The UK’s Guardian yesterday reported on a triple murder of family members in India that is being said to highlight a distressing rise in honour killings in the country. A new husband and wife, along with the wife’s female cousin, were each shot in the head twice last Sunday evening. The victims had no reason to suspect their murderers –-the murderers were their relatives.
An honour killing is the murder of a (generally female) family member by fellow family members, where the murderers believe the victim to have brought dishonour upon the family, clan, or wider community. The perceived dishonour can be for a number of different reasons; for example a woman dressing in a way that is considered unacceptable, or rejecting an arranged marriage. We’ve covered this topic before on Zelda Lily – back in the November of last year, Dharma reported on the killing of a young woman in Arizona, by her father, for being ‘too Western.’
Honour killings result from the perception that defense of honour justifies killing a person whose behaviour dishonours a family. The Guardian reports that a recent study concluded that there are over 1000 honour killings a year in India, and that in recent weeks the Indian capital of Delhi has seen an unprecedented rise in such cases.
In the case of the triple murder the Guardian reports on, it is thought that the age of all involved is significant. Both the perpetrators of the crime and their victims were born in the 1990s, a time of major change in India, that liberalised the Indian economy and sparked rapid growth. These young adults grew up in post-reform India and were part of a new generation reaching the age of marriage with very different views to other members of their family.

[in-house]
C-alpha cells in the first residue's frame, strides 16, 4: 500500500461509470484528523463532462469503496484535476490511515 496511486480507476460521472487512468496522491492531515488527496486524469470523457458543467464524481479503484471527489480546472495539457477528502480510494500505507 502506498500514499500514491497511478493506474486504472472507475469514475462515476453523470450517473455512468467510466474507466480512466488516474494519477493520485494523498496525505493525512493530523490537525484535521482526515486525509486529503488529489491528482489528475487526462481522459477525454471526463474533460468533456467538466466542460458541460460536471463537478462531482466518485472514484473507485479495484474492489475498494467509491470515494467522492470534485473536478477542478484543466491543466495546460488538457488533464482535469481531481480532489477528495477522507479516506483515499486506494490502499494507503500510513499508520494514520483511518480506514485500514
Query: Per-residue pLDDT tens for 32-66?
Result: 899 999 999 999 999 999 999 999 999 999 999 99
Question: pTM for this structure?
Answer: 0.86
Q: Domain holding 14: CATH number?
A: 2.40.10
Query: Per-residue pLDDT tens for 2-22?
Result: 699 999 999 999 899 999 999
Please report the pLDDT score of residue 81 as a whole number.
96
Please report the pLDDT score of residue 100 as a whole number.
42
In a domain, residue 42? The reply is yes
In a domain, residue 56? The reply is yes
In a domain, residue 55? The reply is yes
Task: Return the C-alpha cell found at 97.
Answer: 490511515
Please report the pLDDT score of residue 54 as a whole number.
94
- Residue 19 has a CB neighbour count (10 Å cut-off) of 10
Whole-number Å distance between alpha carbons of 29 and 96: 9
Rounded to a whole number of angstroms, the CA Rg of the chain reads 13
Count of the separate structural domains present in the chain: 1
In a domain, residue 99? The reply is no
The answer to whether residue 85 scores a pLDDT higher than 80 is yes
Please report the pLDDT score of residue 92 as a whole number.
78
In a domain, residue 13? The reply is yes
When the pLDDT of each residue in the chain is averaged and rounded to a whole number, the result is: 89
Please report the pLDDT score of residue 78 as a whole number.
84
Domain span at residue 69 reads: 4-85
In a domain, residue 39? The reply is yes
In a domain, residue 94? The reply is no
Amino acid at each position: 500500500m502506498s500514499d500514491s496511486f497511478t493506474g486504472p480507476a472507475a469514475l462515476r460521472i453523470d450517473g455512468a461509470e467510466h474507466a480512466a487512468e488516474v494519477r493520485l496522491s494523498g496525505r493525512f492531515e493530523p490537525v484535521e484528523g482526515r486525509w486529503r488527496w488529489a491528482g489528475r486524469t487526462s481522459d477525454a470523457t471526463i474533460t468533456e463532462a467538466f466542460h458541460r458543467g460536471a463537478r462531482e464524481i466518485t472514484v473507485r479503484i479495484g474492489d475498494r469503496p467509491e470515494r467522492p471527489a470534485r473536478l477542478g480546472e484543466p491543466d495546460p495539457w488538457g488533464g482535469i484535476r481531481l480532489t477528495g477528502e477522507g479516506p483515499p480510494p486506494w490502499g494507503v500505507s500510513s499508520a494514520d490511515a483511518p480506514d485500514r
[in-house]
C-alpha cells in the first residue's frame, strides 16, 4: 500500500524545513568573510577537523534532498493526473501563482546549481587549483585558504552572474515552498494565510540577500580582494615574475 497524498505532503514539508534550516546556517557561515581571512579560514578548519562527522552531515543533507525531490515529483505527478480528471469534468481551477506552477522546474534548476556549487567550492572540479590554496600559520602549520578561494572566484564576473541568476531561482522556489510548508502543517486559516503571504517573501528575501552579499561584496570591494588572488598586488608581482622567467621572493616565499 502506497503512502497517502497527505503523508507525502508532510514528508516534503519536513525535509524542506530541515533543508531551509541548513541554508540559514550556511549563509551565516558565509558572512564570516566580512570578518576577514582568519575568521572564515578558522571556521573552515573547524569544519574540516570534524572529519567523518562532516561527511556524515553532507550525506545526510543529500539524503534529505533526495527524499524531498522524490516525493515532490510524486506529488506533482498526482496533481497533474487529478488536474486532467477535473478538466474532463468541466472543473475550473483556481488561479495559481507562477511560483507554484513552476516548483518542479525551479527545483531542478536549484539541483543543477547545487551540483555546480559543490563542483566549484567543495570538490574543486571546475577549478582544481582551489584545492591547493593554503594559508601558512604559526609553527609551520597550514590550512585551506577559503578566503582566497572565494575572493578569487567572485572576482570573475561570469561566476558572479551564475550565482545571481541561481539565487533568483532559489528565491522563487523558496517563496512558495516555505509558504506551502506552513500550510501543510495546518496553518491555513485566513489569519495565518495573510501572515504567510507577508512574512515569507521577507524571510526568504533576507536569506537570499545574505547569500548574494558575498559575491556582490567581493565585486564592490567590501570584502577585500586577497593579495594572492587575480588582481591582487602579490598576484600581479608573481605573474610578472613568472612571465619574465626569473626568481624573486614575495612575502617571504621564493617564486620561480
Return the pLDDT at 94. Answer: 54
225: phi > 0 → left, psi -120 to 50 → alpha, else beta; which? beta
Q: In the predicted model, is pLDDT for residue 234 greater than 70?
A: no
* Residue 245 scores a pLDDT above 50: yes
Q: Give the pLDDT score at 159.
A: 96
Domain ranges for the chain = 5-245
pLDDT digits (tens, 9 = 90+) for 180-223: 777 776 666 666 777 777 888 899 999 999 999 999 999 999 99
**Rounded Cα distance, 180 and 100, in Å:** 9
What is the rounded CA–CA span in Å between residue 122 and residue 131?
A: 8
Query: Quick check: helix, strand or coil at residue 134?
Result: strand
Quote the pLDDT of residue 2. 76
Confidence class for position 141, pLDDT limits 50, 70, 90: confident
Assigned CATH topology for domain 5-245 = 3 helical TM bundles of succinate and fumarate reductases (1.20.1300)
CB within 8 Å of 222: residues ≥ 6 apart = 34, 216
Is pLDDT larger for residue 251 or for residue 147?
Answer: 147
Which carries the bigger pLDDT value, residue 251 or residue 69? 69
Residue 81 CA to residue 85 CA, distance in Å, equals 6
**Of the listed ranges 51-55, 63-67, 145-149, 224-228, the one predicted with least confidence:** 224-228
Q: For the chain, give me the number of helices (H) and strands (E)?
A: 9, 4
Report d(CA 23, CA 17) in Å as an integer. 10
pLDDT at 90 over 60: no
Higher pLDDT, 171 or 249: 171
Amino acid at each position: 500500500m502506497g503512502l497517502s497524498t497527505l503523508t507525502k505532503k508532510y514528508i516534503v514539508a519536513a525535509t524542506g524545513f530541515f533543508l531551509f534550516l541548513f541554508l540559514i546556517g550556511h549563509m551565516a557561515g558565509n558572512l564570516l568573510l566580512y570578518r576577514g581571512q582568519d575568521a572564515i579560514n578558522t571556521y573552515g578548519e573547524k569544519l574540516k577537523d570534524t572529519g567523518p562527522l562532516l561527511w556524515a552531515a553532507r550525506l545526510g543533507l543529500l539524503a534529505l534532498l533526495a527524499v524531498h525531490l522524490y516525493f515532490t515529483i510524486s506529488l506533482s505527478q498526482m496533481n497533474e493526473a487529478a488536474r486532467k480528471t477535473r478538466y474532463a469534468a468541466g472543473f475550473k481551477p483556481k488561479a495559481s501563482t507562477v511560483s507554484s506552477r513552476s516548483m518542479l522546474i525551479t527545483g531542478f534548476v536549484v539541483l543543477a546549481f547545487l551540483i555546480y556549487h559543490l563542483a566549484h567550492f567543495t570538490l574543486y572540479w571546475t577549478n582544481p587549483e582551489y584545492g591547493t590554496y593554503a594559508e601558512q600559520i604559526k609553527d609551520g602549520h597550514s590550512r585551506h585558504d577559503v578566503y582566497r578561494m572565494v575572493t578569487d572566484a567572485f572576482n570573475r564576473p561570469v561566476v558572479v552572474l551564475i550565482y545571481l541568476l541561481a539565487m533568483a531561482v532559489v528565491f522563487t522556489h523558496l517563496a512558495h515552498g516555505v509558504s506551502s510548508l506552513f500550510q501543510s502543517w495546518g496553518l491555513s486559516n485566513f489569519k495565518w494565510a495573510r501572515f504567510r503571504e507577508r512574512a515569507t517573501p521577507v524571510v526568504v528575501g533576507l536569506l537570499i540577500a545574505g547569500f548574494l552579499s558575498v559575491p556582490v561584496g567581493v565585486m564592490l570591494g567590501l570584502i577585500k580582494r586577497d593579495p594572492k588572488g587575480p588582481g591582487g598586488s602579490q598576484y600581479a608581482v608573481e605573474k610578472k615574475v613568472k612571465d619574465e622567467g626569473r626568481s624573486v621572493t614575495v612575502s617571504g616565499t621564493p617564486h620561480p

Prem Chowdhury, a respected Indian historian and researcher, reportedly said that:
‘The situation is very volatile. The marriage market is very tight and that causes huge problems. Youngsters react very strongly. If a woman makes an independent choice she has to pay the penalty.’
I just think this is so sad. OK, so the three young murderers acted without direction from others, but I think it’s pretty clear, even from such a brief news story, that these young men grew up in a culture steeped with the rhetoric of honour, patriarchal authority and violet retribution for those who transgress from accepted behaviours. Just like the recent story here on Zelda Lily about the stigma that surrounds infertile women in India, from this story I’m left with the impression that there are certain social stigmas and traditions still very much in evidence in India that are having a massive impact on the lives of women in the country – in this case, resulting in murder.
In no way can I personally see how a life sentence for murder is more honourable than a daughter or sister whose ideology is a little different to that of some of her family members. But then again, I’m a long way (both geographically and culturally) from situations like this. What do you guys think of these stories?